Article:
gravy

mashed potatoes - probably a must!

stuffing - I like adding raisins, apples, walnuts to mine!

yeast rolls

green bean casserole - This is why my 10 year old daughter is planning on making, it's really easy!

cranberry sauce - Made from whole cranberries, not too hard!

glazed sweet potatoes

squash pie - Variance of pumpkin pie, but made with squash that's been roasted in the oven, then pureed. Not sure the type of squash I'll use yet, as I have a few from the garden :)

I think that's it, possibly some corn but the kids don't always eat it. None of this stuff is difficult in my opinion, but making a bunch of it can be rather overwhelming.
Laura Bow

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11/17/2012 03:27 PM
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Re: Thanksgiving Suggestions for a newbie cook...
Turkey bump...
Anonymous Coward
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11/17/2012 03:40 PM
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Re: Thanksgiving Suggestions for a newbie cook...
Hey there, if you decide to place the turkey upside down, the el cheapo plastic thermometer might be in contact with metal or simply detecting temperature in a way that it's not intended. I don't know, but you might simply pull it out and reposition it on the opposite side since you are thinking of cooking it backwards.

I echo the sentiments of the person who said to purchase a thermometer. That's a fairly inexpensive cooking tool that you'll end up using a lot to properly determine the actually internal temperature of the food you're preparing. It's the ideal way of deteriming "rareness" of meat versus "medium" or well done in steak.

A lot of people may turkey in old-fashioned traditional ways. Of course, there are better ways to do it. The main thing is thoroughly cooking it, and a thermometer ensures this.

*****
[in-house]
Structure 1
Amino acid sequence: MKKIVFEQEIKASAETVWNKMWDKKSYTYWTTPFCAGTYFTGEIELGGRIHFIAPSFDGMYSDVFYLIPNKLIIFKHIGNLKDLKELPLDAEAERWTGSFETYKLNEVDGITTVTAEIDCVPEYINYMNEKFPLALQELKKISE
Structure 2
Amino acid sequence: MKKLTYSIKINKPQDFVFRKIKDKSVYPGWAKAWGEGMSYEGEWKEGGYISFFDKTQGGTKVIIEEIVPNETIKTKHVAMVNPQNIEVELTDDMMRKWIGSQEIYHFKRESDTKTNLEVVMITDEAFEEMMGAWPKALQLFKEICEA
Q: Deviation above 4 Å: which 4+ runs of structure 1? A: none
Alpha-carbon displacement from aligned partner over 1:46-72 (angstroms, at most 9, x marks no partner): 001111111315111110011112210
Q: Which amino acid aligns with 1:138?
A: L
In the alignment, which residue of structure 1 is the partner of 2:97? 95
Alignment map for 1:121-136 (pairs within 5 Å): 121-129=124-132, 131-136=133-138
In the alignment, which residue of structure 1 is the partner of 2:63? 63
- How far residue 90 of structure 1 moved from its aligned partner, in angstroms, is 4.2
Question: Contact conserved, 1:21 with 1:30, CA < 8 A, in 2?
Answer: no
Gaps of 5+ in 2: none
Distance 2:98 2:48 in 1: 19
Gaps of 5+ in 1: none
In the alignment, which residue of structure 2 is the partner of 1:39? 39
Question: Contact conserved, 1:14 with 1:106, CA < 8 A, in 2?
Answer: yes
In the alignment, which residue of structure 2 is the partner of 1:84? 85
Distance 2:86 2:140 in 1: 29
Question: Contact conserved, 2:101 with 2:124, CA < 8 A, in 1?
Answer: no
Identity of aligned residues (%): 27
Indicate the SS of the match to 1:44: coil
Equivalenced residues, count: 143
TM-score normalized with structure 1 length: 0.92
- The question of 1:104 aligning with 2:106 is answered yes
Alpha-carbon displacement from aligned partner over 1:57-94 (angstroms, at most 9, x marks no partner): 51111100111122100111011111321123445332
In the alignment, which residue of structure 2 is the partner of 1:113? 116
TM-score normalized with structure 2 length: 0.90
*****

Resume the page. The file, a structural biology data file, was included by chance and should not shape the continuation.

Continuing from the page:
Some people make "beer can" chicken. It's a way to roast poultry by sitting it on something like a can but they also have specific metal devices made for this use.

Later once cooked, you can then place food in the cavity of the cooked bird to impart flavor, but in general this is a bad idea for a beginner as you might do it improperly and give people food poisoning.

Many people deep fry their turkey, or have someone do it for them. It is delicious. It isn't something a beginner could do as it requires special equipment. It produces a wonderfully tasting bird.

The main thing is to relax and have fun. Spend more time visiting if you can and less time working so hard. This means either making things ahead of time, purchasing some pre-made food, or being a smart chef and concentrating on a few items and letting people fix some items too. There's a sense of accomplishment in creating a total meal, but many cooks end up feeling overwhelmed by all of that plus cleanup. It's far better to share the duties and EVERYONE has an enjoyable time reminiscing about happy memories.

Here's a short page listing issues with Crohn's disease diet plans.
[link to www.webmd.com]

Many people are dysfunctional on Thanksgiving and bring up bad memories under the influence of alcohol. It's way easier to defuse that early versus deal with a mouthy drunk. Slow down on drinking and serving. You're in control somewhat as the host.